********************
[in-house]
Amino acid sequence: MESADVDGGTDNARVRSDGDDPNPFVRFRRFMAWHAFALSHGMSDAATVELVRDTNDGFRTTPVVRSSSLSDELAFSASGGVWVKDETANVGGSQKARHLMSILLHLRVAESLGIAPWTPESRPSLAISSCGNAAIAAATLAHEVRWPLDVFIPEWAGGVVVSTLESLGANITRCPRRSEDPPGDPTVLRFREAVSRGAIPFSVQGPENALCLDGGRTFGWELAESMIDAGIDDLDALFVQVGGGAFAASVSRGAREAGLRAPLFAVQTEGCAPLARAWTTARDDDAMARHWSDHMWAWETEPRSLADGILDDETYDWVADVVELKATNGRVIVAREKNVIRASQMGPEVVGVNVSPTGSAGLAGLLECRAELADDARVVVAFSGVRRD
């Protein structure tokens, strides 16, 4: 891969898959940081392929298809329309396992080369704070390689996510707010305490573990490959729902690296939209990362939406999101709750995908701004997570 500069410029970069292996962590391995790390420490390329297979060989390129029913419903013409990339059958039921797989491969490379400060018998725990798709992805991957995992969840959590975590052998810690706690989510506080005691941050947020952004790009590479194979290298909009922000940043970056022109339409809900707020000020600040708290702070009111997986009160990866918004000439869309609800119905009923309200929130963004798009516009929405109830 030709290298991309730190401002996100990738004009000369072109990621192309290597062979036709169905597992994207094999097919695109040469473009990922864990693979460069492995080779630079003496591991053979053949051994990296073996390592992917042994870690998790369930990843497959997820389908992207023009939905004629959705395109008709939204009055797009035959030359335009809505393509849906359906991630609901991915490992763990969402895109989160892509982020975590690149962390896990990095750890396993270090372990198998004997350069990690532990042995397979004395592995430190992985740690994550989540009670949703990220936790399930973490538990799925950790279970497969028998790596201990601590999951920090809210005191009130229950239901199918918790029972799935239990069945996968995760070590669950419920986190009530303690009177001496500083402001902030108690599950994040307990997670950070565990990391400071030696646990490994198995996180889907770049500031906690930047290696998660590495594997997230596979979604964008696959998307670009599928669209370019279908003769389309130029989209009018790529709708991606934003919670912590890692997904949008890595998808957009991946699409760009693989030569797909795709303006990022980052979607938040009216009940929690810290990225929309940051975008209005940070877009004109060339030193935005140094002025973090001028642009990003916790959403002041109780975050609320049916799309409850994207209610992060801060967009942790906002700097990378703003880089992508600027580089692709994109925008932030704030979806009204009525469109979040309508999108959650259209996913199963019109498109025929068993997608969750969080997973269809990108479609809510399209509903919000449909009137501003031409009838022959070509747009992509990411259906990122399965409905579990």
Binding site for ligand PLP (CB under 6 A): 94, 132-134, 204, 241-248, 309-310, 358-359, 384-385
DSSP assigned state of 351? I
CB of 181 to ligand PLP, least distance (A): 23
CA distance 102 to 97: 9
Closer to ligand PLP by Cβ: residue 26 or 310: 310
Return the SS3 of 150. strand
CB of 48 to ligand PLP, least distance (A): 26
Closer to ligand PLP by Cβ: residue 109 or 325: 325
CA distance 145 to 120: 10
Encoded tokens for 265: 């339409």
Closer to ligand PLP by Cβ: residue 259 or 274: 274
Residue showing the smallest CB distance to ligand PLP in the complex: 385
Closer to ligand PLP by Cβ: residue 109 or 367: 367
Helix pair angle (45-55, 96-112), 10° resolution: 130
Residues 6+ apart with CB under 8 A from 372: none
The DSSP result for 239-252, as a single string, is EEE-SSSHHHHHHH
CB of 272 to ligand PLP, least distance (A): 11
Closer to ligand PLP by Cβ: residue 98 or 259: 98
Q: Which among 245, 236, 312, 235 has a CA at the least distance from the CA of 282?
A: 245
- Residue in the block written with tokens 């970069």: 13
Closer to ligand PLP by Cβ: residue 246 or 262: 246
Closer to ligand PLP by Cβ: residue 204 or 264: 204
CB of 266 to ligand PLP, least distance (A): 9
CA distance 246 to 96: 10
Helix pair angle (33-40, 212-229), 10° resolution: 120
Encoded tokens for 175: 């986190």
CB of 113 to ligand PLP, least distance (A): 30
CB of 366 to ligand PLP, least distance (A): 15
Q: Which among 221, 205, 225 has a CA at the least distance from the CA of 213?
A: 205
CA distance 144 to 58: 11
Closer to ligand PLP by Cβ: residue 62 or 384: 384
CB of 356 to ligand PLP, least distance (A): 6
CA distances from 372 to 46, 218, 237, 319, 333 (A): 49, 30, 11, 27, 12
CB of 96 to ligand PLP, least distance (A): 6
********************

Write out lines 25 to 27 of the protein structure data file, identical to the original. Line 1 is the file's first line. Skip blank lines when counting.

Closer to ligand PLP by Cβ: residue 246 or 262: 246
Closer to ligand PLP by Cβ: residue 204 or 264: 204
CB of 266 to ligand PLP, least distance (A): 9